8-5 Butterflies, Pinwheels and Wallpaper - Concepts and Explanations
You can use symmetry transformations— reflections, rotations, and translations—to create symmetric designs and to compare the size and shape of figures.
You can specify a reflection by giving the line of reflection.
You can specify a rotation by giving the center of rotation and the angle of the turn.
You can specify a translation by giving the length and direction of the slide. Usually, an arrow with the appropriate length and direction is drawn.
Point A and its reflection image point A� lie on a line that is perpendicular to the line of symmetry and are equidistant from that line.
Point B and its image point B� are equidistant from the center of rotation P. A point under a rotation “travels” on the arc of a circle whose radius is the constant distance between point B and center P.
The set of circles on which the points of a figure “travel” are concentric circles with center P. The angles formed by the vertex points of the figure and their rotation images all have measures equal to the angle of the turn.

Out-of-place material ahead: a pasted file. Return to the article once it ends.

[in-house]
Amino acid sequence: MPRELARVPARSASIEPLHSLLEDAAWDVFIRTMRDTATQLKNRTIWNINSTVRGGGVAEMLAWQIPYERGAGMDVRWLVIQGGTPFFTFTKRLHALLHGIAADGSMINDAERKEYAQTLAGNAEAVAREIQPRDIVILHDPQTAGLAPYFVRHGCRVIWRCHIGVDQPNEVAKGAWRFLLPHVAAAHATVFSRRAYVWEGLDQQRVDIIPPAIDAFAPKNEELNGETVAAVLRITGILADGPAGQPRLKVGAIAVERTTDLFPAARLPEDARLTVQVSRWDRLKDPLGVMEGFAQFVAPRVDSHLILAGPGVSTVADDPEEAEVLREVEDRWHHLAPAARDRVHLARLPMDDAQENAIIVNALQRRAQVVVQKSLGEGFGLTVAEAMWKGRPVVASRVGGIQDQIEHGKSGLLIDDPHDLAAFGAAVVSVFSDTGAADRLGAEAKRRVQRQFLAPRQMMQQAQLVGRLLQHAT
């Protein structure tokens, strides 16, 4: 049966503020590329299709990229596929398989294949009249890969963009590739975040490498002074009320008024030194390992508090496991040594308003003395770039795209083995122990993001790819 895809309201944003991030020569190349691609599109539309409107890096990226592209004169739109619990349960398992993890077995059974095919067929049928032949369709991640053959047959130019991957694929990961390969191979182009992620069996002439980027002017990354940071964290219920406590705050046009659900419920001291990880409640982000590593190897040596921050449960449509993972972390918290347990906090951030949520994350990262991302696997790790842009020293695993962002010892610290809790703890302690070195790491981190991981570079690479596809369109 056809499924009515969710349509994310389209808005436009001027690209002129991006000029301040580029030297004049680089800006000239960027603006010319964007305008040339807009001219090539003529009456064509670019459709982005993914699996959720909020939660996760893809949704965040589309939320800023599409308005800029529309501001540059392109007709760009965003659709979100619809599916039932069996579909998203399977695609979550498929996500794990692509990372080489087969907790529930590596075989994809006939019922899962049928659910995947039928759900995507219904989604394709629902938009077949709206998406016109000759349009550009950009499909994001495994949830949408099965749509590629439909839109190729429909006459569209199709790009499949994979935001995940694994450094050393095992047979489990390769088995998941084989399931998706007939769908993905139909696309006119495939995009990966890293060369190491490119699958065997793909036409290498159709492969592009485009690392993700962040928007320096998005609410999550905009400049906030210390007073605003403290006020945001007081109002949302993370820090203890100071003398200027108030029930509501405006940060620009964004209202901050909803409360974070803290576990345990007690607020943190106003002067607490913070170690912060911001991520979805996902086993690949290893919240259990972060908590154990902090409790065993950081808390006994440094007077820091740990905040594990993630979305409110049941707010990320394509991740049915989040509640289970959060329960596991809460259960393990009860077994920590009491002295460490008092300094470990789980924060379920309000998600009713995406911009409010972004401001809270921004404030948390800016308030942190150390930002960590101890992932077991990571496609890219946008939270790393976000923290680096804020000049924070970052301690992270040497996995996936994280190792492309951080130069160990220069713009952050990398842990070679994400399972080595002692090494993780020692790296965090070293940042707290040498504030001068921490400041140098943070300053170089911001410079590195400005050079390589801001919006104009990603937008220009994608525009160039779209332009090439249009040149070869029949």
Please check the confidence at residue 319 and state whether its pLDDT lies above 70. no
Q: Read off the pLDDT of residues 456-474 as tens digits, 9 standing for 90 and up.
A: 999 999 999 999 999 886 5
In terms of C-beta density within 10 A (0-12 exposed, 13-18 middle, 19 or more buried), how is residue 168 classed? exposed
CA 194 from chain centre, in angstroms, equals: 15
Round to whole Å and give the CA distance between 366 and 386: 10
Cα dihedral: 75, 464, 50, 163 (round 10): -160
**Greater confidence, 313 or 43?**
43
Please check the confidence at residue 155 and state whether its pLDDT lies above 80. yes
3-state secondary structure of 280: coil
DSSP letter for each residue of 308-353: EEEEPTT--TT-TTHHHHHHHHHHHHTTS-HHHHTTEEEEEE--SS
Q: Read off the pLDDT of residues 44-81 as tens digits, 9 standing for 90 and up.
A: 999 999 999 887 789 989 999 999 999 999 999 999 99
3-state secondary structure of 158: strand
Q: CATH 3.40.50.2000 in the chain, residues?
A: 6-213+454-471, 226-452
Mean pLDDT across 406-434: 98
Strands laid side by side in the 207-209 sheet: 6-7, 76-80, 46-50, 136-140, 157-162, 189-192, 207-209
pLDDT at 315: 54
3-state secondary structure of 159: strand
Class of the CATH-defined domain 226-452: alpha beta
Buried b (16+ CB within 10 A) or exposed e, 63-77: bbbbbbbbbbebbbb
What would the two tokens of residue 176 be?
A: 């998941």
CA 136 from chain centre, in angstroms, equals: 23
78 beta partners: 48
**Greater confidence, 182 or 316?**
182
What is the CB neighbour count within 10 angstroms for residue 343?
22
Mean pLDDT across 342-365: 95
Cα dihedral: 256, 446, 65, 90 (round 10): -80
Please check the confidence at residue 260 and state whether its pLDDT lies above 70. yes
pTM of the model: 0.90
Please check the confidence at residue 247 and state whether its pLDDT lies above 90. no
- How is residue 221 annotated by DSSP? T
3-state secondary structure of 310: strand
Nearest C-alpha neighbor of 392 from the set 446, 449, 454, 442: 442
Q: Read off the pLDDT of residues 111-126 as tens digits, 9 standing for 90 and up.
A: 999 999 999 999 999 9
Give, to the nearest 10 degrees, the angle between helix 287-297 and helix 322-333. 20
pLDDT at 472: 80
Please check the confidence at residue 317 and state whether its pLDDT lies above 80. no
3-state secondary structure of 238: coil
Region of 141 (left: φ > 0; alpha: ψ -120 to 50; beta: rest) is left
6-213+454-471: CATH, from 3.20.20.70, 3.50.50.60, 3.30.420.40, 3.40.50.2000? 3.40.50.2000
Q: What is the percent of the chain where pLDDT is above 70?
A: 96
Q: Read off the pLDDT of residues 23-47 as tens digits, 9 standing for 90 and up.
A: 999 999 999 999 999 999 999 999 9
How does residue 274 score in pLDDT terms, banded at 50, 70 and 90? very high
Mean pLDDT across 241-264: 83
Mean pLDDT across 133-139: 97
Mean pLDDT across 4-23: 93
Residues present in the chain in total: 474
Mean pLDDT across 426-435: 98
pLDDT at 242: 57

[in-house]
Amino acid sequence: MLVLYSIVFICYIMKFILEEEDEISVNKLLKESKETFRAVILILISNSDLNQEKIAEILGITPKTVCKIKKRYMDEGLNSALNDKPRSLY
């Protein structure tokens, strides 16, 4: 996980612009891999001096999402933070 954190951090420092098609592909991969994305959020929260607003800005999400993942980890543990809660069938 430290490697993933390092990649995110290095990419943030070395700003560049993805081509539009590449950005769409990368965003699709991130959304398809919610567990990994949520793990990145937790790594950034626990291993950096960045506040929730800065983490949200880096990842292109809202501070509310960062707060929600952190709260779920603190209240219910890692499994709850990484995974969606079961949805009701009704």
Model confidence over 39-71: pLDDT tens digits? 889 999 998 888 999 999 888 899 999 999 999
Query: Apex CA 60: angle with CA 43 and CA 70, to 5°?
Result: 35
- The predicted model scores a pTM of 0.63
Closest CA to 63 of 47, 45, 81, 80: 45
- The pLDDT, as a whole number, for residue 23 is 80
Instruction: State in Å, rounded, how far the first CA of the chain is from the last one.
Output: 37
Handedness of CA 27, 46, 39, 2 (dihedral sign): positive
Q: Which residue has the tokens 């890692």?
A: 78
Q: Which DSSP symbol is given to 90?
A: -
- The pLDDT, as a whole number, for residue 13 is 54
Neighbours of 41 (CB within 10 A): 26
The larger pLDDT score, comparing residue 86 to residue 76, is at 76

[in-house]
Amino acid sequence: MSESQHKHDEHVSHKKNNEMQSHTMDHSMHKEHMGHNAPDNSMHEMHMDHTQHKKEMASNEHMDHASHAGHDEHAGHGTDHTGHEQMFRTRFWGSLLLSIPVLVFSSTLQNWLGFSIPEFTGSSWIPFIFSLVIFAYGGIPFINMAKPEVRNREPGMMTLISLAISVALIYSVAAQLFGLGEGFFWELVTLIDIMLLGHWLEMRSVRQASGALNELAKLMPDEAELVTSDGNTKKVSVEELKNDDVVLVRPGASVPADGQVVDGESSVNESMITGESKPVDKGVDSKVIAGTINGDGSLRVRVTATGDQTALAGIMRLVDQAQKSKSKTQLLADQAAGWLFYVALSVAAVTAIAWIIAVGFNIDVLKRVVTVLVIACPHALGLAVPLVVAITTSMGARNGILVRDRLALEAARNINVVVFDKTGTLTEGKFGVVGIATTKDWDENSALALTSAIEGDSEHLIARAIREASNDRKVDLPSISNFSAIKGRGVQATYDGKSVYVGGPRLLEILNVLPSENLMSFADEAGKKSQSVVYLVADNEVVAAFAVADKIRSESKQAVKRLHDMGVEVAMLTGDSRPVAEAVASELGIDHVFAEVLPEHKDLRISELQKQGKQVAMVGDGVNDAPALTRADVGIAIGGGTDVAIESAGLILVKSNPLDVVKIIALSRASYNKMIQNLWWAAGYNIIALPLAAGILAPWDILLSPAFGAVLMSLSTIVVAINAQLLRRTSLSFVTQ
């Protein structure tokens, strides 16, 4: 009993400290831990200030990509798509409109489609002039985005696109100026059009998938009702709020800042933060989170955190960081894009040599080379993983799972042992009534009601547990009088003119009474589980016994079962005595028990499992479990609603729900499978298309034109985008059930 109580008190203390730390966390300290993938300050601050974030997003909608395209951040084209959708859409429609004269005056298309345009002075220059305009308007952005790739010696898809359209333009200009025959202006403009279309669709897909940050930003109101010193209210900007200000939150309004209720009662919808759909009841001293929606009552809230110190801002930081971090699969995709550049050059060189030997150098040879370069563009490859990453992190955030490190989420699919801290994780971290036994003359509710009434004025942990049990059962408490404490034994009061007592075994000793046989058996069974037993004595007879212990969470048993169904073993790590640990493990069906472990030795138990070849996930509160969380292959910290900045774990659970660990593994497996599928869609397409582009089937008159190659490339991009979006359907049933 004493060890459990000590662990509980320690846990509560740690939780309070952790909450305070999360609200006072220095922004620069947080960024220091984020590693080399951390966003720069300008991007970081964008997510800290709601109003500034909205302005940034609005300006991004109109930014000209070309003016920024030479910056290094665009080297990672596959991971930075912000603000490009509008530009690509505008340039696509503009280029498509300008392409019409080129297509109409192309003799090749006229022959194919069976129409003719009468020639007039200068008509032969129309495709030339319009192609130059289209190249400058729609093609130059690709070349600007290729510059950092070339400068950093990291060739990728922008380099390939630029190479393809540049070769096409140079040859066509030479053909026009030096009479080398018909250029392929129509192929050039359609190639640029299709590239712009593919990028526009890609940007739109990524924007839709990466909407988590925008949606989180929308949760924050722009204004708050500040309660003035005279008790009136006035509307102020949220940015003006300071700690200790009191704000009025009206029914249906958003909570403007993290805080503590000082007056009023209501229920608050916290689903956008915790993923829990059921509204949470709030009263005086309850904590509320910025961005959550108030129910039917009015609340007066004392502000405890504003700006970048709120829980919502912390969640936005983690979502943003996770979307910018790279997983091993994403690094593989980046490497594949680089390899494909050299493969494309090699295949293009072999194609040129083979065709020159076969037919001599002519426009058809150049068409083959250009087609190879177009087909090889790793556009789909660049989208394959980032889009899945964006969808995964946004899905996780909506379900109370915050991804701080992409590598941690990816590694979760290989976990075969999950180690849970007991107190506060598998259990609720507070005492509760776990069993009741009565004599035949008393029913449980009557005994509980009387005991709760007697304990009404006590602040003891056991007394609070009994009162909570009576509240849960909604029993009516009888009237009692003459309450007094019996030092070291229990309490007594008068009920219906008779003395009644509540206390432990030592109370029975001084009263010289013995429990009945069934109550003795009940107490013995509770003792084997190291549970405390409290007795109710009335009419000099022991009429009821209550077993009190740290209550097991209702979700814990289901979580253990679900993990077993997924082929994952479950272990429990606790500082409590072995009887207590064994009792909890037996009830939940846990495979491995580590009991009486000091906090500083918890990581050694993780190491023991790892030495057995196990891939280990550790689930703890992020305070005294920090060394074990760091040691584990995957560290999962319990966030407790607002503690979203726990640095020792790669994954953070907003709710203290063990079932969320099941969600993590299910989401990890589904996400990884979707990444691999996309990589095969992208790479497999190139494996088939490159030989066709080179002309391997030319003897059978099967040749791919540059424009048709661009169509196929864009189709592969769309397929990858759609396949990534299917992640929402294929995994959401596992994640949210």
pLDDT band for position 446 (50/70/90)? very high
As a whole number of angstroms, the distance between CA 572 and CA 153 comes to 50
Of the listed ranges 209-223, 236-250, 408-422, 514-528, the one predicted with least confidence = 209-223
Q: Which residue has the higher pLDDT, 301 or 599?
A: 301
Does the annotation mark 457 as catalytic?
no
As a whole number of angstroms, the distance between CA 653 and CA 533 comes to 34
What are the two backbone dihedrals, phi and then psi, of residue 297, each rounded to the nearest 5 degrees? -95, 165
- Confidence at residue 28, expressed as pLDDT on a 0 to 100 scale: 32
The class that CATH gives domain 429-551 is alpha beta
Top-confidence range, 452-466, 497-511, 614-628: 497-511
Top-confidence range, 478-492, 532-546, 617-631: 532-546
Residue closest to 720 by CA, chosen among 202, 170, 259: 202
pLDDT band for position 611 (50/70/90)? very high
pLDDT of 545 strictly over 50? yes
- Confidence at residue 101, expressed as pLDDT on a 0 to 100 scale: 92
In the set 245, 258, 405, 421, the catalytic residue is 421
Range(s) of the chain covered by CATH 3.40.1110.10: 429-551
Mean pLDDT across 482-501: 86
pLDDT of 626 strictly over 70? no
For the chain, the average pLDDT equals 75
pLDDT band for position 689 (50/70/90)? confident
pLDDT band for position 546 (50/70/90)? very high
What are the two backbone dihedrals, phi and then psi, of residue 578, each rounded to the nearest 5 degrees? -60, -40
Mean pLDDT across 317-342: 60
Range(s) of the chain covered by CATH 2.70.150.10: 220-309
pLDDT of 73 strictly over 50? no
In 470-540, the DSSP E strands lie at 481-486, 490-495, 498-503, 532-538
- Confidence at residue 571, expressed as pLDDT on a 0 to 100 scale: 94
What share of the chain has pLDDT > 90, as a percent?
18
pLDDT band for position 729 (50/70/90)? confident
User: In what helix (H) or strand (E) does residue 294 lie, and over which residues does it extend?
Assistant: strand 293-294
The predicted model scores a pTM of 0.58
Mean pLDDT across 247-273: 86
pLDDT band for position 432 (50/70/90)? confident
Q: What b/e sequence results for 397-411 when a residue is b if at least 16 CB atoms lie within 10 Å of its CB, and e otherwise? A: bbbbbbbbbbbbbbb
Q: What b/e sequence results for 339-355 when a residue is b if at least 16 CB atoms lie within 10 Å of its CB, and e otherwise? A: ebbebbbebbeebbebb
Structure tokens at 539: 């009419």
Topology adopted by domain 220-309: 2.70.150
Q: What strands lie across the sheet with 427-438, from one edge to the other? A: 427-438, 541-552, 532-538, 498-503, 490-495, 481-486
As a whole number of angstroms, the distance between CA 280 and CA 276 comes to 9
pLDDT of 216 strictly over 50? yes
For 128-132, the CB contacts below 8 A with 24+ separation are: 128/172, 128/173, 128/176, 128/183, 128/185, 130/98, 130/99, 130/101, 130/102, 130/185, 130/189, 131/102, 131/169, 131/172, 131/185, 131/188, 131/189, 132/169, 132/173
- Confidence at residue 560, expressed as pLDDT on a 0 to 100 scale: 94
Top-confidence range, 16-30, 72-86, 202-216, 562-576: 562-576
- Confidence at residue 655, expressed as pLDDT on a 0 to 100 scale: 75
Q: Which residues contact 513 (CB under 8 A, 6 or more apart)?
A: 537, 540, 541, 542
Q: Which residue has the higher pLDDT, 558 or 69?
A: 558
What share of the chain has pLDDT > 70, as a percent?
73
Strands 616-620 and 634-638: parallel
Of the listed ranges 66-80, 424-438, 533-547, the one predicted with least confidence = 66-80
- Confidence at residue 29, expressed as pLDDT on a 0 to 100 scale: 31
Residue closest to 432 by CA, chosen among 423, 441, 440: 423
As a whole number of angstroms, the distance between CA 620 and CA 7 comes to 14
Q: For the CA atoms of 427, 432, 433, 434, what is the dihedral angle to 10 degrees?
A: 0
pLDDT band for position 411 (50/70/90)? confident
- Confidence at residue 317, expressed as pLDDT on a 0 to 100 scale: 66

If you draw the segments connecting a number of points to their images, the segments will be parallel and the same length. The length is equal to the distance of the translation.
Figures of the same size and shape are congruent.
You can “move” one triangle exactly onto the other by a sequence of symmetry transformations.
A two-dimensional figure is similar to another if the second can be obtained from the first by a sequence of rotations, reflections, translations, and dilations.
A dilation enlarges or reduces a figure by a scale factor about a center point so that the original figure and its image are similar. You can specify a dilation by giving the center of dilation and the scale factor.
Dilations conserve the shape of a figure, but not the size. A scale factor that is greater than 1 stretches the figure. A scale factor that is less than 1 shrinks the figure.